Health

Allergy Answers

These natural remedies will help you snuff out seasonal congestion and runny nose so you can enjoy being outdoors this spring.
Allergy Answers
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Stinging Nettle Mollifying allergies with leaves of the stinging nettle may seem contradictory, since the leaves’ tiny needles house histamine, the bane of allergy sufferers. Yet extracts of the leaves are popular for placating symptoms related to allergies. Back in the early 1990s, Mittman led the only clinical study to date on stinging nettle for allergies and found it to be significantly better than a placebo. Based on his research, he readily recommends stinging nettle to his patients. “At least half the people who try it swear by it,” he says. Take 300 mg of freeze-dried nettle leaf (not the root, which has different medicinal uses) two to four times daily. Stinging nettle can irritate the sensitive tissue inside the mouth, says Mittman, so take care not to break open the capsules.

Try homeopathy
Homeopathy enjoys a long history of success in treating seasonal allergies. As a matter of fact, it was homeopathic physician Charles Blackley who, in the late 19th century, first named pollen as the cause of hay fever. But homeopathy wasn’t well supported by clinical evidence until recently, when the British Medical Journal published a randomized placebocontrolled trial in 2000. European researchers found that allergy sufferers taking a homeopathic remedy saw a 28 percent improvement in nasal congestion compared with just 3 percent improvement in the placebo group. The scientists used a specially designed remedy in the study, but several homeopathic allergy remedies are available in stores.
When shopping for a homeopathic allergy remedy, start with a combination product, such as Boiron’s Sabadil or Hyland’s Seasonal Allergy Relief. Both cast a wide net, addressing most allergies by combining several of the most common anti-allergy agents, such as Nux vomica (poison nut), Allium cepa (raw onion), and euphrasia (eyebright). As a result of this scattershot approach, says Punzo, the combination will most likely take the edge off your symptoms. The bad news? The products won’t prevent allergies from coming back next year. If you want to rid yourself of seasonal allergies for good, Punzo recommends seeing a homeopath for individualized treatment.

Explore ayurveda
Ayurvedic practitioners consider allergies a sign of a doshic, or constitutional, imbalance. For clues about what dosha is too dominant, consider the symptoms. If you have breathing problems, such as wheezing, it mean vata’s in charge; itchy eyes and a scratchy throat equal too much pitta; and congestion indicates a kapha overload. While it’s best to see an ayurvedic specialist for treatment customized for your dosha, some ayurvedic remedies are thought to work across all three doshas.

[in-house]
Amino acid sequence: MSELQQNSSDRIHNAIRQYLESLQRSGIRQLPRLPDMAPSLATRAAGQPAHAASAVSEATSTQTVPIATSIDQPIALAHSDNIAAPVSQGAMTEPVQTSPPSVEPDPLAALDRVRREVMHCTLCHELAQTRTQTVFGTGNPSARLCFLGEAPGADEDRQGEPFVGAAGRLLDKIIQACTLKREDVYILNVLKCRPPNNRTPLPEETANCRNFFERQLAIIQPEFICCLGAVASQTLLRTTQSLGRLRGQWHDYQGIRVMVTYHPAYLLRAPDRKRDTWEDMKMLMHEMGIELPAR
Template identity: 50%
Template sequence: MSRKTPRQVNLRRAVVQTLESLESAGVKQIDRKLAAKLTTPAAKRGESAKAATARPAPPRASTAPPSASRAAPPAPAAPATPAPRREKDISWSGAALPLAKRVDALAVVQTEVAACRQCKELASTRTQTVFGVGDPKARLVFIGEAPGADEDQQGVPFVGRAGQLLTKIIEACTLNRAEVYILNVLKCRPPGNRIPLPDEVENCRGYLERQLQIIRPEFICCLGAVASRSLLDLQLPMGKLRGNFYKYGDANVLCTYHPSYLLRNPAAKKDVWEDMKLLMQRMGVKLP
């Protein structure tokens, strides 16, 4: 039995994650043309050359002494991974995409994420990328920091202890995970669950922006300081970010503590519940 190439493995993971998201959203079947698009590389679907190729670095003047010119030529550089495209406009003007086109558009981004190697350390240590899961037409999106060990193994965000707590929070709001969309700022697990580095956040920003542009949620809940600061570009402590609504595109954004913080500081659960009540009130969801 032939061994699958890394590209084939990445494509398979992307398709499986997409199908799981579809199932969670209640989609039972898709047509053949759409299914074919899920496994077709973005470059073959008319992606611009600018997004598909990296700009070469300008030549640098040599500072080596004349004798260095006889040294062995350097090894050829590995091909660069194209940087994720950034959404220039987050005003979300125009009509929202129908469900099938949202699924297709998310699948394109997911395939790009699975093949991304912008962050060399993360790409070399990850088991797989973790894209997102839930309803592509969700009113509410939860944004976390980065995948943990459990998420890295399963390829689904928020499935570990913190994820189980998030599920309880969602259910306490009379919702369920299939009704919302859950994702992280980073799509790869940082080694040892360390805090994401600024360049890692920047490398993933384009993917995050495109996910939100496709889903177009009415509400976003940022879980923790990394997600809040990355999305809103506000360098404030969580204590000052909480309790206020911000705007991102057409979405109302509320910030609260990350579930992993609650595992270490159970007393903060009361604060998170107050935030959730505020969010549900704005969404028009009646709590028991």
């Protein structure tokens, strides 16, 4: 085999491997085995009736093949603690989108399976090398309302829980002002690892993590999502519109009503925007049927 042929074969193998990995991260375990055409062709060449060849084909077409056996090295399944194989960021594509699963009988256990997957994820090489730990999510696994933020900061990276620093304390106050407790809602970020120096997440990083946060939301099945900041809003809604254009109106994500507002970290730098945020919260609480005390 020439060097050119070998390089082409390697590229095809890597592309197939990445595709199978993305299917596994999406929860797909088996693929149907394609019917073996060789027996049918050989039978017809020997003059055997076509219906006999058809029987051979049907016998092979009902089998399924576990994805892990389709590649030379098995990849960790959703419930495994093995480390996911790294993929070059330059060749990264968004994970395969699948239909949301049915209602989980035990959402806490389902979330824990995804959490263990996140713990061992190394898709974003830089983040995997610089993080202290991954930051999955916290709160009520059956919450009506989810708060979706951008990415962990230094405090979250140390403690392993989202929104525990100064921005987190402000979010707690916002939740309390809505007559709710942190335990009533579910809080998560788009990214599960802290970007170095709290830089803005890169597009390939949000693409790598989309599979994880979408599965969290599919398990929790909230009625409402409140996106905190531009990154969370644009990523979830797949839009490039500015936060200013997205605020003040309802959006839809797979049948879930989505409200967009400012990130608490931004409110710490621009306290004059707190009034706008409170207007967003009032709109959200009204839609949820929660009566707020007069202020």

One of the best ayurvedic therapies for allergies is triphala, a blend of three key ayurvedic herbs: amalaki, bibhitaki, and haritaki. You can buy the herbs at a natural-foods store or Indian grocery. To make a tea, add one teaspoon of triphala powder to a cup of boiling water and let steep for 10 minutes. Or just mix the powder into a tablespoon of honey and eat it.
Several ayurvedic allergy remedies are also on the market. Mark Blumenthal suggests Aller-7, a blend of seven ayurvedic fruit, bark, and plant extracts made by InterHealth. He likes it because it’s one of the few ayurvedic blends bolstered by clinical evidence: In a study published in 2004 in the International Journal of Clinical Pharmacology Research, researchers in India put Aller-7 through its paces in a multicenter clinical trial, giving 545 chronic allergy sufferers a daily dose of four capsules (1,320 mg) of Aller-7. After 12 weeks, more than 90 percent of the participants reported a 40 percent or more improvement in sneezing, runny nose, and overall congestion. Aller- 7 is available in health food stores and vitamin stores.

Get needled
According to Traditional Chinese Medicine (TCM), allergies signify the body’s inability to rid itself of toxins. As a result, a TCM specialist may use acupuncture to boost energy levels in certain organs such as the lungs, which breathe in allergens, and the large intestine, which flushes them out, says Lincoln. “Instead of relying on a pill or herb to do the work,” she explains, “acupuncture stimulates the body’s chemistry directly.” Depending on the intensity of your symptoms, you may need six to eight sessions of acupuncture treatments over the course of the allergy season. Studies confirm that acupuncture can subdue vexing allergy symptoms, but the news on Chinese herbs is mixed. Chinese herbs are best used to support the body between acupuncture sessions, says Lincoln, who may recommend either Chinese skullcap or a custom blend of herbs to pacify symptoms between treatments.